|Mike Barbieri was born in Philadelphia, Pennsylvania, on July 28, 1949. Raised in the city's underprivileged Grays Ferry section, Mike learned early how families survived through support from relatives, neighbors and community leaders. Mike first came to Delaware when he was recruited to play football for the University of Delaware by legendary coach Tubby Raymond. In 1969, Mike took a year off from the University of Delaware to join the National Guard but returned to school the following year and spent the next two seasons on the offensive line, where he played guard. He helped the Blue Hens win a national championship in 1971, his senior season. Inspired by a coaching staff that emphasized the "student" in student-athlete, Mike made the Dean's List his senior season and completed his degree in Sociology. Upon graduation, Mike took with him Coach Raymond's mantra of avoiding complacency. Through teamwork and determination, Mike learned, there is no capacity to what can be accomplished.
Mike returned to Philadelphia to become a probation officer in the city's drug unit and begin a career devoted to combating drug abuse. By counseling criminals with addiction, Mike discovered that abusers lacked proper education, resources and support to stay committed to cleaning up. In 1973, he was awarded a fellowship from the Probation Department to attend Temple University to obtain his master's degree in Social Work. In 1980, Mike returned to the University of Delaware part-time to earn his Ph.D in Urban Affairs and Public Policy with a concentration on health care delivery. He gained the education necessary to inspire change from within the administration.
Mike and his family settled in Newark in July of 1986, when he became the Executive Director of Hidden Brook, a drug-treatment facility in nearby Bel Air, Md. In 1991, Mike focused his attention on developing adolescent services in Delaware. He founded "Crossroads of Delaware," a Wilmington-based adolescent substance-abuse treatment program.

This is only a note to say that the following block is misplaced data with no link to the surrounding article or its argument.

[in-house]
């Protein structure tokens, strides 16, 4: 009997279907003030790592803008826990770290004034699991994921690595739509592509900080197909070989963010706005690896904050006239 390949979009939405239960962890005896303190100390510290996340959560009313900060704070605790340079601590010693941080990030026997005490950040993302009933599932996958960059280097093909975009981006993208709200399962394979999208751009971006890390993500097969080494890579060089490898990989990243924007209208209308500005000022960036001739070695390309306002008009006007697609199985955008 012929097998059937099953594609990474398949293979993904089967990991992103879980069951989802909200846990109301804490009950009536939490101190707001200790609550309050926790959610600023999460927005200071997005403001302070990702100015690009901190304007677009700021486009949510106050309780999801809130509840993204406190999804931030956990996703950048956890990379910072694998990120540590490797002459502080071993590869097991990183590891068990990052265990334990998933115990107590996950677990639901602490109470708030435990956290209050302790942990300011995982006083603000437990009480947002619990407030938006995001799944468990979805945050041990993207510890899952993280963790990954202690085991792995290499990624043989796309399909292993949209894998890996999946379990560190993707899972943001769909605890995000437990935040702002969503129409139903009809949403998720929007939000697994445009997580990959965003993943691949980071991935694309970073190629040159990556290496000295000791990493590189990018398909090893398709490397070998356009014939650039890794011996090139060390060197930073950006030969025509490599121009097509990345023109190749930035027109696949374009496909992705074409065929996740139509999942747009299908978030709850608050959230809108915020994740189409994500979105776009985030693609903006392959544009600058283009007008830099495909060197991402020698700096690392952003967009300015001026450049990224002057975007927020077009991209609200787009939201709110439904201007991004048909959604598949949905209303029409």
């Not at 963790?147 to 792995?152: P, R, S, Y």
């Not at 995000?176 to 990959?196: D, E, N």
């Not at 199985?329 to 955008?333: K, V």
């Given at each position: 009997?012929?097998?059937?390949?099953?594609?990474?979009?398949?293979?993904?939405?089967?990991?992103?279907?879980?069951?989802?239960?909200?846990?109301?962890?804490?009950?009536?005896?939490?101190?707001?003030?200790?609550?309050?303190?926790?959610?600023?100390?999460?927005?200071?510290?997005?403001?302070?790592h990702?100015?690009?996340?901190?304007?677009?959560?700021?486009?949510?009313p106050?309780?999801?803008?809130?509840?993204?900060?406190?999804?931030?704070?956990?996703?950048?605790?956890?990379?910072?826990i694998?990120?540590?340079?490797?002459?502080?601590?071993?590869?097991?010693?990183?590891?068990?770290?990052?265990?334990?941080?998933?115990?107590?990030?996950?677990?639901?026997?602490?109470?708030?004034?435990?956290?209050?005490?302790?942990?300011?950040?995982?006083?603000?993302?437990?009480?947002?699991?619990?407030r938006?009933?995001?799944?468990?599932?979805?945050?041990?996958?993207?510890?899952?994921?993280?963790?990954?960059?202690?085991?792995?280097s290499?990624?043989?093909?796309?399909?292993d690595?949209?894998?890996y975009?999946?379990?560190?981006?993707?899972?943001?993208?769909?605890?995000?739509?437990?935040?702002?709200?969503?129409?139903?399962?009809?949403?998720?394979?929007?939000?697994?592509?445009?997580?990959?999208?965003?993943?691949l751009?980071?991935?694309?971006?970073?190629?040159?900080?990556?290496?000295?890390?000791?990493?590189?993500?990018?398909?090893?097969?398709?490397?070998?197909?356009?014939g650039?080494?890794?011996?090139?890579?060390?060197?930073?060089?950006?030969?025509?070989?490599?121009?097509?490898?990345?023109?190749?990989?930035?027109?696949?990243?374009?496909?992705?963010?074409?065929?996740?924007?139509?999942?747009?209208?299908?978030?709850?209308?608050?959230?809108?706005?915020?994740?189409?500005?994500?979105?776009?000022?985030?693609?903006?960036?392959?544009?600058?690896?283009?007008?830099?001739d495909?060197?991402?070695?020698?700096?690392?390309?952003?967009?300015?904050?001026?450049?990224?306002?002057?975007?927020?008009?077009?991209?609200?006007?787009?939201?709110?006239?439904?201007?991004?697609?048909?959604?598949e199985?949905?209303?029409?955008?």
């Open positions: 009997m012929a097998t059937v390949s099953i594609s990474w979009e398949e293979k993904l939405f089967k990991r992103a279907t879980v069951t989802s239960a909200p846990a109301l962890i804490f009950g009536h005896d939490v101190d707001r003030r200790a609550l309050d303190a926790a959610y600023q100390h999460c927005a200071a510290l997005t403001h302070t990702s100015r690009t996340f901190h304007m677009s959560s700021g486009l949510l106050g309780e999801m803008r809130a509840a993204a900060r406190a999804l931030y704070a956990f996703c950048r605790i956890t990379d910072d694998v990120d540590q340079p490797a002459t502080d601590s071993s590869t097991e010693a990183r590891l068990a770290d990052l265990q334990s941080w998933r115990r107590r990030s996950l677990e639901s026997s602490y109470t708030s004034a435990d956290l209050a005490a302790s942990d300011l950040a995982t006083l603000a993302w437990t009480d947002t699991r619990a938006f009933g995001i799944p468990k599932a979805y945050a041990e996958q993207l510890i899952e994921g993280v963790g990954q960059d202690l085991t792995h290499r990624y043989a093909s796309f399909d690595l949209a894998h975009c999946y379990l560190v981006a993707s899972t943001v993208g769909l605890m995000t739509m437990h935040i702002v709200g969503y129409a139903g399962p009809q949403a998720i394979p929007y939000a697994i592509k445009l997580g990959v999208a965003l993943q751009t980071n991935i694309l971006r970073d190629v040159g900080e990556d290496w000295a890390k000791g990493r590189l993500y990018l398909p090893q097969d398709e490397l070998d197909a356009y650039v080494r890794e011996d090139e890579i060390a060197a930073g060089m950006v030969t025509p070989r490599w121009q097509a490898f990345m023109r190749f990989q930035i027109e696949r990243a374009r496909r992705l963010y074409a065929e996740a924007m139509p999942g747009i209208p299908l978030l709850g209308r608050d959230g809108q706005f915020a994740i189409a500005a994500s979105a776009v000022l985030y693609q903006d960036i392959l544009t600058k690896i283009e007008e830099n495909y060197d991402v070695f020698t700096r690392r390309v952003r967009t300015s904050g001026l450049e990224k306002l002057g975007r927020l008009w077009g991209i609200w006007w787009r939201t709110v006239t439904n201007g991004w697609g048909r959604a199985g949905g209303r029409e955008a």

Mike's work with adolescents has been the primary motivation for his political aspirations. He has seen the struggle of working parents trying to provide for children without affordable health care. Mike aspires to improve an educational system unable to address the needs of students due to limited resources and external forces that emphasize testing over learning. He sees an overcrowded juvenile justice system without proper funding that lacks answers for repeat offenders, and an erosion of an employment base to support middle-class families. Mike believes drug problems run deeper than financial Band-Aids and inadequate policies that appear tough on paper – such as the "Gang and Bullying Bill" – but soft on results. He believes politicians should be held accountable for their actions and paychecks and he finds pandering to special interest groups unacceptable.